3/22/2007 - 3/31/2007
In October 2006, Funderburg and Cribbs set out to watch at least 200 movies over the course of the next 200 days. They both watched a different slate of films and wrote about every single one; from epic high art masterpieces such as Fassbinder's 15 & 1/2 hour Berlin Alexanderplatz to goofy teen comedies like Savage Steve Holland's worthy One Crazy Summer to idiotic dreck like Open Water 2. In sections spanning 10 days at a time, The Pink Smoke is reprinting their writings about the grueling experiment in cinematic endurance.
<<click here for 3/12 - 3/21>>
I was supposed to see Zodiac, but fell ill and went to bed at 9:15pm.
3.23. I Think I Love My Wife.
(35mm) City Cinemas 86th St.
Chris Rock's adaptation is the most unfortunate kind of film: it is a surprisingly intelligent, faithful remake of a well-regarded film. It is interested in engaging reality in a sincere fashion, it is unpretentious and frequently very funny. It features attractive, likable actors working with a thoughtful script and doesn’t ever shy away from the themes and ideas that its plot raises. It is a film that can be treated as a real film and not simply as garnishing for popcorn sales. Which makes its mediocrity all the more painful: if this were simply another big, dumb Hollywood comedy, it would deserve all the praise in the world: its ambitions are light-years ahead of Music and Lyrics or Are We Done Yet?; it's more mature, refined, and worthy of serious contemplation than any film Adam Sandler has ever made, combined (including the aesthetically adventurous but essentially juvenile Punch Drunk Love) and it is certainly playing in an entirely different league than Rock's own CB4, Osmosis Jones, and Head of State.
But the catch is that you can't judge it on the level of those films – it's just good enough that even though you want to praise it, you simply can't. You owe it to the filmmakers to not shy away from engaging it on a deeper level of criticism: the film earns a thoughtfully negative review. Much like the Eric Rohmer film upon which it is based, I Think I Love My Wife at first glance appears to be about infidelity, but its true subject is actually fidelity – it's not about the desire to have an affair, but the uneasy allegiance into which one enters upon marriage (or serious commitment): it is the moment your life goes from existing in a constellation of infinite possibilities to a definite future. Both films follow a button-down businessman presented with the opportunity to a bed sensual, free-spirited woman who happens to not be his wife. The film considers how much either situation is really an illusion: is the married man's future genuinely immutable? Or does every affair consciously passed over represent a new choice and constellation of possibility?
Much of the ideas and themes are translated directly from Rohmer's film, Chloe in the Afternoon – and it's only fiitng that Rock's film (co-written by Louis C.K.), so deeply concerned with fidelity, would be so faithful to the source material. There are whole sequences lifted from the original, but even a flurry of small details - from the metropolitan vs. suburban setting conflicts to the occupation of the main character's wife -are left intact. Like most happy couples, at first glance the union between Rock and Rohmer might not seem like the most logical marriage, but closer inspection reveals significant, hidden connections (and Rock and C.K. also exhibit a great deal of respect of Rohmer's film; respect, of course, being a key component to any fruitful relationship).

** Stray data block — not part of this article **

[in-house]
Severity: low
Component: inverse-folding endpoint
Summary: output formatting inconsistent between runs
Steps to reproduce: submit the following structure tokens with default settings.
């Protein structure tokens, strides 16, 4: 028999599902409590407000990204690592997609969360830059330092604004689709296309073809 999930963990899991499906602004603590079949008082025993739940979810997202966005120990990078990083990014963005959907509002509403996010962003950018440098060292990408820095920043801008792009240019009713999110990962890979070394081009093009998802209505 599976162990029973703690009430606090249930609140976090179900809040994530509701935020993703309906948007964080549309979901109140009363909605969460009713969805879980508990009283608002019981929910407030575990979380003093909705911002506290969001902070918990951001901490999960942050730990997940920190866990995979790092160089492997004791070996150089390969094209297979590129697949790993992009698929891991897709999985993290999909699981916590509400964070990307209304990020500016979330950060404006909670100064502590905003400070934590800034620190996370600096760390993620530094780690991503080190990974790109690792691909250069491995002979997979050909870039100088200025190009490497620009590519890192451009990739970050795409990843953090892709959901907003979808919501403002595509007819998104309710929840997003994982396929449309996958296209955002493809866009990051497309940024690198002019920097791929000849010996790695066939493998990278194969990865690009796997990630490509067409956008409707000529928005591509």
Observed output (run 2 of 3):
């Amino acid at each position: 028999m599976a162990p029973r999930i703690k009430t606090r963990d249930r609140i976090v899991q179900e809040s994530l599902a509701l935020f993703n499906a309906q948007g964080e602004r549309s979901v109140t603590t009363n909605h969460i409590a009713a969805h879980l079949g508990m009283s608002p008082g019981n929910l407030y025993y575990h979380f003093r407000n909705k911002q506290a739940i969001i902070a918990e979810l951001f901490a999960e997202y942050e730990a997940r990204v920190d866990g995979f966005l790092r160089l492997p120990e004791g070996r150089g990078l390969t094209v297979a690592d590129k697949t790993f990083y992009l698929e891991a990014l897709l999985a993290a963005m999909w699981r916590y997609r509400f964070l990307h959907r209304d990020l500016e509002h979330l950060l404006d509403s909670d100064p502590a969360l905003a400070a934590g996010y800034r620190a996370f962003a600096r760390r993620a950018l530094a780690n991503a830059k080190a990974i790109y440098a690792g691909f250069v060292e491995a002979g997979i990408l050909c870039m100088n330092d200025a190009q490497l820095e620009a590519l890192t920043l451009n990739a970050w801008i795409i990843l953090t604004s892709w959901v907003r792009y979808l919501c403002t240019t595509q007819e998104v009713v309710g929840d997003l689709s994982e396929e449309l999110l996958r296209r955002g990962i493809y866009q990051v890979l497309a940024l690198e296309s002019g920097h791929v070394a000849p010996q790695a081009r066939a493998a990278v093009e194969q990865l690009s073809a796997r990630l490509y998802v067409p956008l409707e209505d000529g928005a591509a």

Rock's stand-up comedy has always focused on mainly two things: race and relationships. However, Rock's perspective on race has always been identifiably independent from many of his peers (especially the "Def Jam" style dominant amongst black comedians during Rock's rise to fame): from his earliest days, Rock has always been defiantly middle-class in his perspective; his infamous "I love black people, but I hate niggers" bit inadvertently revealed the hidden philosophy of millions of middle-class white people who hated to think of themselves as racist – the unexpected connection between Rock's bit and the thought-process of guys who wear ties to work reveals a class conflict more than a racial one: the white people who loved it genuinely wouldn't have a problem with seriously befriending a black man (or even having one marry their daughter), so long as that black man wore a tie to work as well.
Rock's take on relationships is similarly infused with a middle-class perspective: he worries about balancing work and family, about finding the "right" woman, about making a marriage work. Rock's popularity illustrates the strange fact that thoroughly "black" language and pop culture is longer in any way in conflict with the middle class language and ideals; co-opted "black" style is a major part of the middle-class pop cultural experience: he not only speaks about middle-class anxieties, but also does so in middle-class friendly terms. And, of course, Eric Rohmer is himself the Poet Laureate of bourgeois anxiety. Rohmer makes films about the exact same minutiae with which Rock is concerned: the tenuous stability of middle-class existence and the light comedy of relationships, money and sex to be mined from that rich vein. The wry, wistful perspective of Rohmer's work isn't light years away from the conflicted, sarcastic tone of Rock's film. The main differences are that Rock adds racial concerns and Viagra jokes: the feather-light irony that is Rohmer's signature is replaced in Rock's film with too many sledgehammer blunt jokes about Michael Jackson, club-hopping and furniture shopping. You see, men want to drive convertibles and women want to buy mini-vans! Men want to talk about blow-jobs and women want to talk about carpet samples! Some of this stand-up comedy-esque material is funny and some of it is not so funny.